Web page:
Randy Weeks

Published on October 8th, 2019 | by Randy Weeks


The View from the Balcony: Tête-à-tête with a Whistleblower

Whistleblower: a person who exposes secretive information or activity that is deemed illegal, unethical, or not correct… The information of alleged wrongdoing can be classified as a violation of company policy/rules, law, regulation, threat to public interest/national security, fraud, or corruption. (Wikipedia)

On Wednesday, September 25, The Balcony was empty except for me. I was enjoying a bit of reflection when the door next to my corner opened and out came a guy with a Moscow Mule and sat at the middle table, up against the brick wall.

A master of the sideways glance, I saw that the guy’s Levi’s, blue Oxford-cloth shirt, and navy blue vest were all quite baggy. His Ole Miss baseball cap was pulled low on his forehead, with wisps of hair protruding all around, and he wore Blues Brothers sunglasses. He was an odd looking fellow.

I raised my glass as a friendly hello, and he did the same. I went back to reading Rumi as he flipped through The Local Voice. A few minutes later he spoke up. “Excuse me, sir,” he said, sounding like a prepubescent boy. He cleared his throat and continued, this time sounding like a 50-year smoker with a sore throat. “Did you write this article?”

“Yep,” I replied.

“May I come over and talk to you?” he asked.

I motioned to the empty chair closest to me.

“Can I trust you with a secret?” He whispered even though we were the only two there.

“Just don’t tell me you’re a terrorist or a serial murderer,” I replied.

“You know about all that whistleblower stuff in the news?” he asked.

“Kinda sorta.” I said.

“Well, I’m the whistleblower,” he paused, “incognito.”

I took a draw on my pipe and a sip from my drink. “And?”

“You don’t believe me?” he asked.

I shrugged, “Maybe I do; maybe I don’t. Does it matter?”

With that he pulled out his wallet and handed me his Maryland driver’s license. The picture on it was that of a woman. I did my best Clint Eastwood squint at him and he opened his shirt just enough for me to see some pretty convincing evidence that he was a she.

“I’ll be damned,” I snickered. “The Lord still works in mysterious ways!”

He – uh – she told me the story of T-rump’s phone call with the President of Ukraine and how her security clearance made her privy to such a high-level conversation. She said she was one of a half-dozen others who have been trying to get solid proof of T-rump’s loose cannon behavior. They believed that this phone call gave him enough rope to hang himself – figuratively speaking, of course.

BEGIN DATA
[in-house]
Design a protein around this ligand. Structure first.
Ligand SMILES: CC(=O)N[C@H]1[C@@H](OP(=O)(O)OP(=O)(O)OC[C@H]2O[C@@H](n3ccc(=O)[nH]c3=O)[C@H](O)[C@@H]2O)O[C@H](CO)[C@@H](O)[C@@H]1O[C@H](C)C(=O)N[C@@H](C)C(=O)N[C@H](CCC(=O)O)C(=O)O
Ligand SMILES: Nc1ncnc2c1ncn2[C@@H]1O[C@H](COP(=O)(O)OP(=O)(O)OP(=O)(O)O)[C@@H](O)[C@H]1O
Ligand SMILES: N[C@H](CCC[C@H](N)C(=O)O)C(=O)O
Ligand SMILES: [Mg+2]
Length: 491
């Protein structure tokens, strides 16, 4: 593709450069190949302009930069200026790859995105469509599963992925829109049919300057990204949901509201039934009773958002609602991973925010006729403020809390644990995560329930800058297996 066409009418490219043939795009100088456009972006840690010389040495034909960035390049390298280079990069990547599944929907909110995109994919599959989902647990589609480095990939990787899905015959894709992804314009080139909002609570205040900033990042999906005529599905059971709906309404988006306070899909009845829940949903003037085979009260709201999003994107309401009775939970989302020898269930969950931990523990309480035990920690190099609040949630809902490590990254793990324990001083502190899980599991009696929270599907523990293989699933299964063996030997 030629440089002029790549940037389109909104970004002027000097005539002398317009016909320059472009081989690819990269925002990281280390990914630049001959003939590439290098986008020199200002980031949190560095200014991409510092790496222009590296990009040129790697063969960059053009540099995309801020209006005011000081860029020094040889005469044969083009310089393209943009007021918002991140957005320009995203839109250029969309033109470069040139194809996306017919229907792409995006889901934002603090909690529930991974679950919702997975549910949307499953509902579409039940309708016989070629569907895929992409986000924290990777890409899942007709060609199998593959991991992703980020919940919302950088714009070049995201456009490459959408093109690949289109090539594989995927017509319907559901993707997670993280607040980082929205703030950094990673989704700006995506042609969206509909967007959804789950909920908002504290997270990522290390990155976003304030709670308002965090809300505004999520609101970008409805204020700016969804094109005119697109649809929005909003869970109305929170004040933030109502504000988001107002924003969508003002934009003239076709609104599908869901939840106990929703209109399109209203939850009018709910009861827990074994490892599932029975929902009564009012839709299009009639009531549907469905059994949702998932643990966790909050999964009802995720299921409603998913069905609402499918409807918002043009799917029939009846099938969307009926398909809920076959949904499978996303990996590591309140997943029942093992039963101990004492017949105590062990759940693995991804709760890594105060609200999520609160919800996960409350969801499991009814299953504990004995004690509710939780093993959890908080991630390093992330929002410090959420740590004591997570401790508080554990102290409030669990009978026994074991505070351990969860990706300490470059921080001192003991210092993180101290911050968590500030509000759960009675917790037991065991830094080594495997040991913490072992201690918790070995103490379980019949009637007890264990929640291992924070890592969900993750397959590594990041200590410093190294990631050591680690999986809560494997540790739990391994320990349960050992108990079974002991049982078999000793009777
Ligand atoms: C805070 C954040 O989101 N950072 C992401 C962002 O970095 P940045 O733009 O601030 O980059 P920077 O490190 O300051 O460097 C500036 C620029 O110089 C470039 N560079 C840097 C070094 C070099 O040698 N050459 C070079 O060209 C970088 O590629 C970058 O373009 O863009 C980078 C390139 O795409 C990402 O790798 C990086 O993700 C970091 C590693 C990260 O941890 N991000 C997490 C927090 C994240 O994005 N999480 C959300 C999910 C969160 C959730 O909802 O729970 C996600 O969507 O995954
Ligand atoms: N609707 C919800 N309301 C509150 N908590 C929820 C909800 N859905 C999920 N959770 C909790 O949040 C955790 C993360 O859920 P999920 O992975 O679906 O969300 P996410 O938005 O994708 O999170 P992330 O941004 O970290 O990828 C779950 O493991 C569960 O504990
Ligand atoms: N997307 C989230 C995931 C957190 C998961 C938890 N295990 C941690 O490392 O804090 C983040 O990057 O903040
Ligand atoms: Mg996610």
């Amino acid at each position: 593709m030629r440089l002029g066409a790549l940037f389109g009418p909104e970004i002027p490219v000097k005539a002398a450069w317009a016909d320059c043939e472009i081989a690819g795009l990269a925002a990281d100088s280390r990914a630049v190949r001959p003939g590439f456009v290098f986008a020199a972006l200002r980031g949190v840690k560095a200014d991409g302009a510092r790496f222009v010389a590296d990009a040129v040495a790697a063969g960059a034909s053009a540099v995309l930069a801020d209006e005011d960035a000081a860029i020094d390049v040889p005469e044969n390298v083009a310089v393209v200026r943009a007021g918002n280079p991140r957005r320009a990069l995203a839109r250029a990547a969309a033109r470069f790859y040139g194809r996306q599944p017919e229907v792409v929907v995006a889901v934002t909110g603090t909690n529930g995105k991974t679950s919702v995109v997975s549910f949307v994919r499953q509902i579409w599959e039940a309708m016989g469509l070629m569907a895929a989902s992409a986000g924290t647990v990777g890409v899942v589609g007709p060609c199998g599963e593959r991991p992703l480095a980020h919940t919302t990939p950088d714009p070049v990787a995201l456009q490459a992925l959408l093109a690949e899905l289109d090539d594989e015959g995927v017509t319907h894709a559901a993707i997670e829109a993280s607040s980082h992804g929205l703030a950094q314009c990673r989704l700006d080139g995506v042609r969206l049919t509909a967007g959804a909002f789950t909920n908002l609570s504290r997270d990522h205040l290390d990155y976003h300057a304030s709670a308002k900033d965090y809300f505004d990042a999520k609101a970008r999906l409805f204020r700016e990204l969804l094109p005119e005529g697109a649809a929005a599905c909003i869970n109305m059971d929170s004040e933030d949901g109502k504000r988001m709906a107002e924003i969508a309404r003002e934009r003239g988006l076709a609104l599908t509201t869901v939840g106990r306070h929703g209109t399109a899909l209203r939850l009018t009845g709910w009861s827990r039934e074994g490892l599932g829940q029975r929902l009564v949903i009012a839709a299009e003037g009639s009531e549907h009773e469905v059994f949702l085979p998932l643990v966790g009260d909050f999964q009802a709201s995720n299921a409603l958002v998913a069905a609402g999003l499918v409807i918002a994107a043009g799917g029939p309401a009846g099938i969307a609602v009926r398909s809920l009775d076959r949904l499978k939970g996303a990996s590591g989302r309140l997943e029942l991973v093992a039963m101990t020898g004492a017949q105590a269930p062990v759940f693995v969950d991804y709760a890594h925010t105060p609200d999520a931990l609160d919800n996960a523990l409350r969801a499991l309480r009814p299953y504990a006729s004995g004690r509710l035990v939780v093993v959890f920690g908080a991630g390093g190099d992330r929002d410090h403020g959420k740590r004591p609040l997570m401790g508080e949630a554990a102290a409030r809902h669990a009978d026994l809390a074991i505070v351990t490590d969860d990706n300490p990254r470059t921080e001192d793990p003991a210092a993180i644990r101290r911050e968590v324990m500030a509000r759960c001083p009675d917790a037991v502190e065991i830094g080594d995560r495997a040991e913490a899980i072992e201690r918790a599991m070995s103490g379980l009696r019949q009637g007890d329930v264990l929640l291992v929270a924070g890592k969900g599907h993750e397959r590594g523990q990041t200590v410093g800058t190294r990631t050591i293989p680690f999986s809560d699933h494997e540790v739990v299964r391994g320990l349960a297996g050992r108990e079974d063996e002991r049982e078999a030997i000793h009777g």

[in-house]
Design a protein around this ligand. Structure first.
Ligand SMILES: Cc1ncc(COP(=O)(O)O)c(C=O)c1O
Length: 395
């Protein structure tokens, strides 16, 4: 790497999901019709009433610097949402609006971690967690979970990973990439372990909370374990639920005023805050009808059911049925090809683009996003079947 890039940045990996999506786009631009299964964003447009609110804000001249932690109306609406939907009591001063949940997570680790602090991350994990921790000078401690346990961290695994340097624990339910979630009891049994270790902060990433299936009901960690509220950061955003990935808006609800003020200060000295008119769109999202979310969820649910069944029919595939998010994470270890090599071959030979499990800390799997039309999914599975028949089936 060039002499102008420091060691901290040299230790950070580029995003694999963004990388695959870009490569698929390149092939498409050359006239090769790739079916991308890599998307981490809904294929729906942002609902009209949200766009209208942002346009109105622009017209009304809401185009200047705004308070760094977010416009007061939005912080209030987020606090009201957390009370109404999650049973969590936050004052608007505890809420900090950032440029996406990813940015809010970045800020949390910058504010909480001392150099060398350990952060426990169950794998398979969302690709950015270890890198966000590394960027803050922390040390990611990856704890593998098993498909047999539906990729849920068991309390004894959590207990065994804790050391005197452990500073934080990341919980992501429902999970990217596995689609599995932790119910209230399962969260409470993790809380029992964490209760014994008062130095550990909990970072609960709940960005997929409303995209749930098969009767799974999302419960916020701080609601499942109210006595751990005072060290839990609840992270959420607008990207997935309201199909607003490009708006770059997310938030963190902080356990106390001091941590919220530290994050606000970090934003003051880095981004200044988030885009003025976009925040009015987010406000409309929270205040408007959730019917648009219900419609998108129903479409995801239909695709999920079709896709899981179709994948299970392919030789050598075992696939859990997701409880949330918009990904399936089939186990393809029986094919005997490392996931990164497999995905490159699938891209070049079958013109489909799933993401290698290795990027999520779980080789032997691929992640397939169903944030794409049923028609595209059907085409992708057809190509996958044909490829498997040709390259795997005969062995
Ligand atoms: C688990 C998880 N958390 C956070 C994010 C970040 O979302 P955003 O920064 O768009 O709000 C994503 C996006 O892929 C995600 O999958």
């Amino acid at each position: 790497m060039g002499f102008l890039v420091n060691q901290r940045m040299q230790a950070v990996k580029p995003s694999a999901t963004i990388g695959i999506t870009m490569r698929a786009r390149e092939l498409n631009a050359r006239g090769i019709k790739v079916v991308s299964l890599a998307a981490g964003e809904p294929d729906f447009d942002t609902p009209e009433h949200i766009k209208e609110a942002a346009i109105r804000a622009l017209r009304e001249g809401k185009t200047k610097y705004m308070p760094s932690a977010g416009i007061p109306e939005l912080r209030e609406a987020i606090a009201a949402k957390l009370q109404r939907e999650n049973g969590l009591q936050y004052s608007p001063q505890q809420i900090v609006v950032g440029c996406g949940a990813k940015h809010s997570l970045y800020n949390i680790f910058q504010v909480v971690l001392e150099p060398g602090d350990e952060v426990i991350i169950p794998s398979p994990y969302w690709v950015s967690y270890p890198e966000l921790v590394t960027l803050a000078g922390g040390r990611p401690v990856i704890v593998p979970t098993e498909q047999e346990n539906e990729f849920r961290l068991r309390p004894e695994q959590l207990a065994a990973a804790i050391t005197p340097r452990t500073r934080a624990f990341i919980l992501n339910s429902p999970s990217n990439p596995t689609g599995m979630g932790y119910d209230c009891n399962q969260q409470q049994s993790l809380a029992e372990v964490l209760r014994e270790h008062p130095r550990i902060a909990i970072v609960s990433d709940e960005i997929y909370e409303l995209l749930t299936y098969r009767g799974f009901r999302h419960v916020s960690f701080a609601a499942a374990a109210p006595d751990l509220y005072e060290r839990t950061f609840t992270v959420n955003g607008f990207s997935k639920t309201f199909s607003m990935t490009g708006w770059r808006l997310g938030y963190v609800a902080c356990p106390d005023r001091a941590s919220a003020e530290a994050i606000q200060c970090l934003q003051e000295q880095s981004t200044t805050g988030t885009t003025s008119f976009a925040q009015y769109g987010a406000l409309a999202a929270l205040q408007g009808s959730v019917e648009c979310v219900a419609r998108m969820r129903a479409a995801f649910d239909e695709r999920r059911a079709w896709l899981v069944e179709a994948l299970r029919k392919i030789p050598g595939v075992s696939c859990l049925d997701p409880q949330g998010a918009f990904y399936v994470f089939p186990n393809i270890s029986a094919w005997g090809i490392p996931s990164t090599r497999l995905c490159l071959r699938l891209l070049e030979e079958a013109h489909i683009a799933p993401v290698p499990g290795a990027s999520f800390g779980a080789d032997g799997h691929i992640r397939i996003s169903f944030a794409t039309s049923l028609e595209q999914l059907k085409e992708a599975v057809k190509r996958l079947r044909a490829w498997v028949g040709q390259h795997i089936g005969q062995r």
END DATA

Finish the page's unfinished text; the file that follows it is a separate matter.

She said they all wanted to be the one to play THE trump card. Despite the ridicule from the right, they would be seen by many as a genuine patriot. She’d snagged the gold ring by winning a game of beer pong (credited to her six years as an Ole Miss sorority girl).

“I was to pull the trigger on the operation, then get out of town until the dust settled and T-rump was solidly vilified,” she said. “I could leave D.C. without suspicion because my mother is seriously ill and I’ve been going to see her a lot lately.”

“Why Oxford,” I asked, “other than having gone to Ole Miss?”

“It feels like home here,” she said.

“And the crappy disguise?” I asked.

“Cloak and dagger,” she chuckled.

I continued, “And you’re telling me because…”

“I HAD to tell somebody,” she said. “My best college friend still lives here. She’s on The Balcony a lot and said that people tell you all kinds of stuff and she’s never known you to betray a confidence.”

“And if I were to write about this?” I asked.

“Doesn’t matter. Just don’t reveal my identity. If you write about it you know you’re gonna get sucked into the vortex, don’t you?” she asked.

“I’m old and I don’t care anymore. Actually, it sounds kinda fun,” I said. “Gonna be here long?”

“Not sure,” she replied.

“Well, come on back and I’ll introduce you to some of my friends,” I said.

“Who would you say I am?” she asked.

“My nephew, Watt R. Gates,” I replied, “but we’ll just call you Deep Throat.”

She laughed so hard her Moscow Mule shot out of her nose. “You’re fond of irony, I see.”

“Guess so,” I said. “Now, if you’ll excuse me for a moment, I need to call Robert Redford and Dustin Hoffman. They need to start work on their sequel to All the President’s Men. How does All the President’s Women sound to you?”

“Peachy,” she said. “Totally impeachy.”

…and that’s the view from The Balcony.

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About the Author

Randy Weeks is a Licensed Professional Counselor, a Certified Shamanic Life Coach, an ordained minister, a singer-songwriter, and an actor, who lives in Oxford, Mississippi. He may be reached at randallsweeks@gmail.com.

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